Coeliac Disease – Local & Systemic Consequences

Wednesday, 09 December 2009 by | Comments: 1

leaky gutCoeliac disease is an inflammatory disorder with autoimmune features that is characterised by destruction of the intestinal epithelium and remodelling of the intestinal mucosa following the ingestion of dietary gluten. The human gut is home to trillions of commensal microorganisms, and we are just beginning to understand how these microorganisms interact with, and influence, the host immune system. This may also include the late onset development of Coeliac Disease, or gluten intolerance.

The Safe Foundation for a Healthy Pregnancy

APA logoThe omega-3 DHA is an “essential” fatty acid that the body cannot produce and must be consumed through diet or supplementation. The baby must acquire its DHA from its mother, and she must obtain it by increasing the omega-3s in her daily diet or from daily supplementation.[1] International recommendations suggest that pregnant and nursing women consume 300-600mg of DHA every day to ensure that mothers remain healthy during and after pregnancy, and that their babies have every opportunity for healthy development.[2]

UnknownDietary preferences influence basal human metabolism and gut microbiome activity that in turn may have long-term health consequences. The present study reports the metabolic responses of free living subjects to a daily consumption of 40 g of dark chocolate for up to 14 days.

A clinical trial was performed on a population of 30 human subjects, who were classified in low and high anxiety traits using validated psychological questionnaires. Biological fluids (urine and blood plasma) were collected during 3 test days at the beginning, midtime and at the end of a 2 week study. NMR and MS-based metabonomics were employed to study global changes in metabolism due to the chocolate consumption.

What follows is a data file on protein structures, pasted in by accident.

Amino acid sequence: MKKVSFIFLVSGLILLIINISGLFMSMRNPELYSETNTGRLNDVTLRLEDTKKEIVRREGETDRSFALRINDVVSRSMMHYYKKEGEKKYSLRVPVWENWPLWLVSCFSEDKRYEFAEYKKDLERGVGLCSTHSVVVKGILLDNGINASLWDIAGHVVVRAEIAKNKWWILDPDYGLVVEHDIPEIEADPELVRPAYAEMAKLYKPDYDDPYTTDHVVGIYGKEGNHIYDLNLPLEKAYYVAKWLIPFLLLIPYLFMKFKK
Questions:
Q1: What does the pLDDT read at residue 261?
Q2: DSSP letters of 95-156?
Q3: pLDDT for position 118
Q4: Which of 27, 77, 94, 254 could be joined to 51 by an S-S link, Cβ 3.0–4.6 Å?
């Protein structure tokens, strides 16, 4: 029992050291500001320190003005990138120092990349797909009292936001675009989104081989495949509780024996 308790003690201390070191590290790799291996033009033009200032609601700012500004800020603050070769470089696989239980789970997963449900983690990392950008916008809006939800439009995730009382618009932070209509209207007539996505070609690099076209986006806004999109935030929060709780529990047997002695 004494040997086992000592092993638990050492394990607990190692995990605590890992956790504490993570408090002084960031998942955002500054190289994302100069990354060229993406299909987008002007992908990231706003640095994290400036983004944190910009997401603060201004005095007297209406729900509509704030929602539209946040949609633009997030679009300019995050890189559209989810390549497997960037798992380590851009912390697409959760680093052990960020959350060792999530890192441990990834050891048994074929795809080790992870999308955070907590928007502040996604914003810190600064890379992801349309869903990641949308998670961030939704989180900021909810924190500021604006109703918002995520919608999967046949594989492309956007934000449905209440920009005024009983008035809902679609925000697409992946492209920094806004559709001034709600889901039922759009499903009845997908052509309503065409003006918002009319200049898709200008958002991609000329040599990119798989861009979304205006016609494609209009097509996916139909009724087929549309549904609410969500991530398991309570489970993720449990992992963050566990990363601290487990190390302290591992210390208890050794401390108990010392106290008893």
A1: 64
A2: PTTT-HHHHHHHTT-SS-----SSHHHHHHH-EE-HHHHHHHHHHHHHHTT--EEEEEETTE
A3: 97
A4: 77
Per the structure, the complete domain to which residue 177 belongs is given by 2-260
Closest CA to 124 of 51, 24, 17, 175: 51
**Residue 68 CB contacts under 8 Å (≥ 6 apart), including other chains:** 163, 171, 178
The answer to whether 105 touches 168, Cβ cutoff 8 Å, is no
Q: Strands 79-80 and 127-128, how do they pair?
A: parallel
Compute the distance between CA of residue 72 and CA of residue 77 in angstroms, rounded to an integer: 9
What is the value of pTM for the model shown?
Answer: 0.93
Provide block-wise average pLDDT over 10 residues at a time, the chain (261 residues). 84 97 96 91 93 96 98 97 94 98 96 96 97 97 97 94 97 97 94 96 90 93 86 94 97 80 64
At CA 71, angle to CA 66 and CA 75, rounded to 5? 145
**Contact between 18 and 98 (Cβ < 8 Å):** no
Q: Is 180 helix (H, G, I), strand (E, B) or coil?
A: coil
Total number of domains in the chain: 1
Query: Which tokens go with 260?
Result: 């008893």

-Por.Media 7/2 coverVit D Essential for MS Patients

This collective review focuses on three major factors that influence the incidences of multiple sclerosis (MS) to include ultraviolet radiation (UVR), vitamin D3 supplementation, and vitamin D receptor gene (VDRG) polymorphisms.

In general, the rate of MS increases with latitude. Individuals tend to carry their original risk with them if they migrate to a different latitude after adolescence. It is important to emphasise that UVR increases the synthesis of vitamin D3, which has a known immune suppressant action via the VDRG. Clinical studies have pointed out that vitamin D deficiency may exacerbate the development of MS.

coverThe onset of age-related neurodegenerative diseases superimposed on a declining nervous system could enhance the motor and cognitive behavioural deficits that normally occur in senescence. It is likely that, in cases of severe deficits in memory or motor function, hospitalisation and/or custodial care would be a likely outcome. This means that unless some way is found to reduce these age-related decrements in neuronal function, health care costs will continue to rise exponentially.